However, upon discharge from the home, there may be some out-of-pocket expenses regarding medical supply purchases. When they are going home is when you can help them with their supplies. 

Try to avoid “makeup” in this setting when possible. With short-term stays, it is best to use minimal makeup to prevent rashes, skin conditions, etc. Elders in the nursing home are not given showers as regularly as in the home setting. 

It is important to protect and preserve the body’s natural oils. Using some makeup isn’t frowned upon for the patient, but it’s probably best to focus on other things to bring to the nursing home during their stay.

For the longest time, bringing flowers to people that you visited in the hospital, and the nursing home was the gift of choice. Over time, flowers and plants have pollen that can cause allergic reactions. There is also the chance of mold transmission via the plants in patients with compromised immune systems. However, it is still a great gift if you know the roommate is ok to have flowers in the room.

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Balloons should be avoided as a gift due to a possible latex allergy. Most hospitals and nursing homes have moved away from anything latex. There are more residents and staff that have developed latex allergies. Therefore, it is best not to bring balloons to the patient.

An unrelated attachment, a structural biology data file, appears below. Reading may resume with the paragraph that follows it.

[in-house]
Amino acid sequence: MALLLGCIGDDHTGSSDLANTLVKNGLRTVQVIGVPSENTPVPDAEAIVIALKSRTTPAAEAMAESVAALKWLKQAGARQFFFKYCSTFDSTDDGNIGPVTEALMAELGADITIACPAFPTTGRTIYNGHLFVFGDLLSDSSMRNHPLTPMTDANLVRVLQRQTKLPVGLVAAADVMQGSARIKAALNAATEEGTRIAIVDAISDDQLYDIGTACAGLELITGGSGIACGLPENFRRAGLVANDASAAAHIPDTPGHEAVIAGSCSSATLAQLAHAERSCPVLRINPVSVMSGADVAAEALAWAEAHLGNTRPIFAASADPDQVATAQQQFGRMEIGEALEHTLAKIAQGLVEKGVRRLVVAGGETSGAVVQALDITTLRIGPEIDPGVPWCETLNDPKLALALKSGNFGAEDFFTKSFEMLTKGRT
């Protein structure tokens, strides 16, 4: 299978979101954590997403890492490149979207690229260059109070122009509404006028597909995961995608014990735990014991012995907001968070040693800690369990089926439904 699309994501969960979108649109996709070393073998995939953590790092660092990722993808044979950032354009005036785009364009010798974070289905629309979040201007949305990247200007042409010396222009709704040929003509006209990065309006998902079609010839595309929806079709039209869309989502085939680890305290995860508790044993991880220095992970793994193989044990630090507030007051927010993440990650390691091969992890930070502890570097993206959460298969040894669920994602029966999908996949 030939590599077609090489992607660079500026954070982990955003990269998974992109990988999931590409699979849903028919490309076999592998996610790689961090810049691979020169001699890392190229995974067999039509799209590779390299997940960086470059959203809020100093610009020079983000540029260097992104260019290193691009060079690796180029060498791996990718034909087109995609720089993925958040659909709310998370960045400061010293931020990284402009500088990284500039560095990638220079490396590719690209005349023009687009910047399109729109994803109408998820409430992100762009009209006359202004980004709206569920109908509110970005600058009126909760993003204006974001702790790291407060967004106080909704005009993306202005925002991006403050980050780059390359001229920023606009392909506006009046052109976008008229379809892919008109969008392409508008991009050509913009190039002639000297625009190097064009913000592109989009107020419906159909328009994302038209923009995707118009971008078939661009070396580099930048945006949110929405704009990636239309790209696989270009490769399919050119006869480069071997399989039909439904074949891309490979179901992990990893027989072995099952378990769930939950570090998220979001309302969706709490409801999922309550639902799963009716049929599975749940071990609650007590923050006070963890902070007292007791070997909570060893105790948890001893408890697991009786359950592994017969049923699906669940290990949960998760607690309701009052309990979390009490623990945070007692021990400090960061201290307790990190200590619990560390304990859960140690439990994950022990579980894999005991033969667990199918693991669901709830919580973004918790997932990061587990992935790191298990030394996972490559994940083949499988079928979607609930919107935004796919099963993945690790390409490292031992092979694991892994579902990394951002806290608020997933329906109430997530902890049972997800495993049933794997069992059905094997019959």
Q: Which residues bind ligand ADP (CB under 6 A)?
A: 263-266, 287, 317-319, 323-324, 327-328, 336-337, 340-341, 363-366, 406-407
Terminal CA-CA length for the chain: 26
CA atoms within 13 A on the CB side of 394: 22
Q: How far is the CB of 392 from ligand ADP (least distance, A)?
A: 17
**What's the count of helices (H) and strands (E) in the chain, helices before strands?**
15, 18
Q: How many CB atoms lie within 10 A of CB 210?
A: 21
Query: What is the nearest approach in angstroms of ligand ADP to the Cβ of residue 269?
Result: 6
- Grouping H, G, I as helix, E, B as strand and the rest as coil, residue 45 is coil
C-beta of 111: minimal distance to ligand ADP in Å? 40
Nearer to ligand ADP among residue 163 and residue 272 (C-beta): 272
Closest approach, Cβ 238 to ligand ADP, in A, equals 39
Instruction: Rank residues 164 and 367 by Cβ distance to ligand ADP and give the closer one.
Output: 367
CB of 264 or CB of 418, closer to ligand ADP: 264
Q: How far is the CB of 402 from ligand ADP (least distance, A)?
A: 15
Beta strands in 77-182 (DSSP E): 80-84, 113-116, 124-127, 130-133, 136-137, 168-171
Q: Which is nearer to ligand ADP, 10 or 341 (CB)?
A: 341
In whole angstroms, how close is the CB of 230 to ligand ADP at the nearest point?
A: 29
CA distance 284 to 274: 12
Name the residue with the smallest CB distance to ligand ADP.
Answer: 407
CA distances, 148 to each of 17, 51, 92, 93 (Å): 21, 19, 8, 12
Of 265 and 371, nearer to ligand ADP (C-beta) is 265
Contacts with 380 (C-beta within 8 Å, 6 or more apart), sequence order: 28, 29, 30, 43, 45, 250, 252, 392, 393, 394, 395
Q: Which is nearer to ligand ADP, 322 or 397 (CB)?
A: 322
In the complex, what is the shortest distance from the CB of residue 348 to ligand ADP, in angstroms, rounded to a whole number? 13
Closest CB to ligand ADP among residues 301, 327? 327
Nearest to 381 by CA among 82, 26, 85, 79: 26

Things to bring to the facility

If the patient is a long-term resident of the nursing home, they will most likely appreciate some clothing such as socks, underwear, shirts, and pants

Make sure that the clothing is comfortable and easy to put on and take off. Try to avoid multiple buttons and tight-fitting clothing that will present a challenge to the resident when getting dressed.

Warm sweaters and pajamas are always a hit, especially with the elderly who are often cold and would like warm outfits. Even a pair of comfortable slippers or bath shoes may come in handy. 

However, if the patient requires total assistance with care, then they won’t need the slippers or bath shoes. They will most likely stay in socks most of the time. You may be able to get the resident a pair of warm wool socks.

If you are close to the patient, try bringing in pictures so that the patient can add decorative touches to their rooms. The photographs will also be helpful for them to remember the good times you had. You could even pick up a frame for a photo they have in the room. Many families now get digital frames and upload photos of friends and family. A low-cost yet nice-looking frame can be purchased here. Digital Frame

A comfy warm blanket is usually a hit when it comes to receiving a gift in this setting. The facility’s covers are often thinner than home covers and may not be enough for the patient. 

The patient may just want a smaller colorful blanket for their laps when sitting in the chair or wheelchair. A smaller blanket will provide them warmth but not get in the way of the wheels on the chair.